Last updated: September 06. 2013 3:54PM - 26 Views

Story Tools:

Font Size:

Social Media:
[caption width="250" caption=" "][/caption]

DUSTIN ENSINGER

Staff Writer

After a bit of a false start last week, Delaware County commissioners appear to have settled on a company to perform title searches as part of the Moving Ohio Forward Grant.

In a 2-0 vote Thursday, commissioners approved a contract worth up to $25,000 with Lawyers Title Agency of Delaware.

Commissioner Ken O’Brien, who grilled Delaware County Economic Development Director Gus Comstock on his involvement in seeking quotes for the contract, abstained from the vote.

“I have a continued concern, not with the firm that is being recommended, but with the process,” O’Brien said.

O’Brien repeatedly questioned Comstock on whether or not he recommended to the third-party administrator of the program the two companies that offered quotes for the title search work.

Comstock acknowledged that he likely mentioned Lawyers Title Agency of Delaware and Great American Title Agency, which was originally awarded the contract. The company later declined to accept it due to a potential conflict of interest involving one of its partners also serving as a member of the Delaware County Board of Elections.

However, Comstock said that he did not reach out to either firm and instead left that up to the Ohio Regional Development Corporation, which was contracted to administer the program.

“I don’t want to be involved in the day-to-day operations,” he said.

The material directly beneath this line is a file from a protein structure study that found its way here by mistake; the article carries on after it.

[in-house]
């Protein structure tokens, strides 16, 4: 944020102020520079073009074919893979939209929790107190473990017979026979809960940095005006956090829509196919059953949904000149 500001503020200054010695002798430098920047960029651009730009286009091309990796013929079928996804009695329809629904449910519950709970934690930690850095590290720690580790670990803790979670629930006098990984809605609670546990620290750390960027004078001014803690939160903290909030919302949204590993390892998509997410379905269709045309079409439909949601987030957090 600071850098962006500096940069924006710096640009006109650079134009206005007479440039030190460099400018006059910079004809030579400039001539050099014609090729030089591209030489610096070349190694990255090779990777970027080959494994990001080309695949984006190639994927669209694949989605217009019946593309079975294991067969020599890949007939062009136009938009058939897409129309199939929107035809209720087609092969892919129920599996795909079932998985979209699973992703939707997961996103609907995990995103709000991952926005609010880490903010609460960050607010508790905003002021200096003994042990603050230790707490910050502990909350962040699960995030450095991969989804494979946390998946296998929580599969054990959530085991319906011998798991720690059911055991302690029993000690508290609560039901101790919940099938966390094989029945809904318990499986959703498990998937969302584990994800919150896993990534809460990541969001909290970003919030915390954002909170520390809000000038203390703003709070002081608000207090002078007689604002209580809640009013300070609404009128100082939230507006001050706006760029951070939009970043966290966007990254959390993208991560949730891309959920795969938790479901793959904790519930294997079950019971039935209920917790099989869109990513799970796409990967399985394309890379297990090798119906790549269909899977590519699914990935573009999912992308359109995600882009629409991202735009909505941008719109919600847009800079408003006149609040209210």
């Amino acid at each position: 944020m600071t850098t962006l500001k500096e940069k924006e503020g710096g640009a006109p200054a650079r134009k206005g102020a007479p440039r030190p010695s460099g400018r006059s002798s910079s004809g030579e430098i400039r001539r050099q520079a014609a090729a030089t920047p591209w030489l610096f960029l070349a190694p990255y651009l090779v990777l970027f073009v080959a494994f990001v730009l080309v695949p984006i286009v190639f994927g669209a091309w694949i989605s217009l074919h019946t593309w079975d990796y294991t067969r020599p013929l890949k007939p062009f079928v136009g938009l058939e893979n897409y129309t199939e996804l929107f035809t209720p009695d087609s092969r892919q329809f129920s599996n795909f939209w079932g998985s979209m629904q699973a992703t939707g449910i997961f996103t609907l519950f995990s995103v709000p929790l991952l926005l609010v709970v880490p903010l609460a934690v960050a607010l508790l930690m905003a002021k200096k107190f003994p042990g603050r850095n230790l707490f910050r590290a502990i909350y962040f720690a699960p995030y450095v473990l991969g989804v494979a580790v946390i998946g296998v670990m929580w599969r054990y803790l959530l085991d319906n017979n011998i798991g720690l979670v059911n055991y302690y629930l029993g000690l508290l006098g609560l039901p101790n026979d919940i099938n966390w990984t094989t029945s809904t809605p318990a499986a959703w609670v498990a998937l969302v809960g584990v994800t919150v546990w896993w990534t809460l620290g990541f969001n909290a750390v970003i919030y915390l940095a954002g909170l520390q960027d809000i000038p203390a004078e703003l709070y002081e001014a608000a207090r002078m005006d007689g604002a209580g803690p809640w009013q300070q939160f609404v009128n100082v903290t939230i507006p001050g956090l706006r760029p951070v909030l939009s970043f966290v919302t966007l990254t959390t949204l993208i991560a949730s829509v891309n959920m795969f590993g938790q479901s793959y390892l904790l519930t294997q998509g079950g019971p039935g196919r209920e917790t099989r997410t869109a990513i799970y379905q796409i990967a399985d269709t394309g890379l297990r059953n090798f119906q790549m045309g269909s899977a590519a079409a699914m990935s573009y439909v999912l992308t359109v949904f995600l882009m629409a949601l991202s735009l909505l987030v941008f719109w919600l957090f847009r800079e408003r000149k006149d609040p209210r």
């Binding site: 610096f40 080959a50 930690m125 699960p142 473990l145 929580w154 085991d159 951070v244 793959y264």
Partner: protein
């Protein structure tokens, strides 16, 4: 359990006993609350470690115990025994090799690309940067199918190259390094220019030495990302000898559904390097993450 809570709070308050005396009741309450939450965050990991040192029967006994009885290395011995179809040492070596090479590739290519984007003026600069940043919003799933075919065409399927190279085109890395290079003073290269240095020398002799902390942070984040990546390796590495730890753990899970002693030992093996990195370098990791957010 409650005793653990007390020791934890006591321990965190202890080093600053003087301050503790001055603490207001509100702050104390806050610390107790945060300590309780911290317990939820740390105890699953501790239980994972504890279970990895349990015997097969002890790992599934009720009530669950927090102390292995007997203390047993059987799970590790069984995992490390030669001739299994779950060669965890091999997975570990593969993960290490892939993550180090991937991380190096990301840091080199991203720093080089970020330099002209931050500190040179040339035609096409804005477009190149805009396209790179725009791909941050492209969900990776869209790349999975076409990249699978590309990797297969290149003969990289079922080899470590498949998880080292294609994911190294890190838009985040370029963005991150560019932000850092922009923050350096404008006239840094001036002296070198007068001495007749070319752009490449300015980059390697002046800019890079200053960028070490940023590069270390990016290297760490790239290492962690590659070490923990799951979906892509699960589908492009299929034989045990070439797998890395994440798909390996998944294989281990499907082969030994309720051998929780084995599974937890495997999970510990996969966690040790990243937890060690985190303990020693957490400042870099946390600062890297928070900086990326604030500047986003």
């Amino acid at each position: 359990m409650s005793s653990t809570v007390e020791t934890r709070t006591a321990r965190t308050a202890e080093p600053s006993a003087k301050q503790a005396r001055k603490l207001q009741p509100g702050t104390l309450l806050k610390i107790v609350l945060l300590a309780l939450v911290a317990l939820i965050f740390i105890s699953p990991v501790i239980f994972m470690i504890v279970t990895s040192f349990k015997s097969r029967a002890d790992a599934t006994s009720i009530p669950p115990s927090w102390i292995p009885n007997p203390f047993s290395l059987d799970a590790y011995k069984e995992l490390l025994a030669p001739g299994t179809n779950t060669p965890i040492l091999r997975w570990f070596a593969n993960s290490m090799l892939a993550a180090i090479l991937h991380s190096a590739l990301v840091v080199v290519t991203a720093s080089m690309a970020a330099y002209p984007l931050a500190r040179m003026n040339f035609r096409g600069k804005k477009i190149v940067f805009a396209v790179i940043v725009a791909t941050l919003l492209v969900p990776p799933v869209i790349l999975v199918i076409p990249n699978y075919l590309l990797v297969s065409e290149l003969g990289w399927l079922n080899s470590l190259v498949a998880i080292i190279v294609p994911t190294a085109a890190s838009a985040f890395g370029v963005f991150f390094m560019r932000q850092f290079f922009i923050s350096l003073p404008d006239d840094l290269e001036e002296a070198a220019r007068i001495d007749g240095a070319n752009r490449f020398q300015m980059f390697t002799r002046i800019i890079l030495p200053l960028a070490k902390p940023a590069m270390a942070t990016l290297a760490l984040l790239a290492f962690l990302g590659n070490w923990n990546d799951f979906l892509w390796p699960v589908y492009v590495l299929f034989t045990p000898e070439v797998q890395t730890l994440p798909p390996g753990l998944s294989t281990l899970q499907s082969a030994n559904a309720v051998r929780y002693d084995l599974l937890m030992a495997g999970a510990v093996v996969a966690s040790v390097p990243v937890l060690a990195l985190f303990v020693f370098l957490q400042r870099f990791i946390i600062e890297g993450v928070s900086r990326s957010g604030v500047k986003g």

Commissioner Tommy Thompson defended the process that was used to find a company to perform title searches.

“There are guidelines; there are procedures,” he said. “If our economic development department followed all those procedures, that’s all we can ask.”

Great American Title Agency offered to perform each title search for $250. Lawyers Title Agency of Delaware will perform the searches for $375 each.

The Moving Ohio Forward Grant will provide the county with $500,000 to remove blighted residential properties. Comstock expects the county to be able to tear down between 30 and 40 properties with the funds.

O’Brien also took issue with the way in which another county program is being administered. The commissioners approved eight cooperation agreements with political subdivisions for the Delaware County Engineer’s Ohio Public Works Commission (OPWC) Grant Program.

Through the program in place since about 2000, the Delaware County Engineer’s Office uses Road and Bridge Funds to match funding put forth by townships and municipalities to increase their chances of securing grants for road improvement projects.

“Basically the intent of this program is to increase the likelihood of roadway construction in Delaware County,” Delaware County Chief Deputy Engineer Rob Riley said.

O’Brien voted in favor of seven of the agreements, but was the lone no vote on one that includes both the City of Delaware and Delaware Township. He said that it is unfair that the City of Delaware was able to apply twice, once in partnership with Delaware Township and once on its own.

But Riley pointed out that the City of Delaware will not receiving matching funds from the county for the joint road project with Delaware Township.

“We are only matching the township portion of that project,” he said. “Our policies and procedures hold true.”

On Thursday, the commissioners also:

- Voted unanimously in favor of authorizing the Delaware County Engineer’s Office to apply for a grant to supplement the cost of replacing three bridges on Ross Road, north of Ohio 37 in Trenton Township. Overall, the project is expected to cost about $1.3 million and the engineer’s office is hoping to obtain about $500,000 from the OPWC. Construction is expected to begin in August 2013 and last for about five months.

- Voted 3-0 in favor of approving a request for statement of qualifications for architectural/engineering consultant services for a facilities needs assessment and plan.

Comments
comments powered by Disqus


Featured Businesses


Poll



Mortgage Minute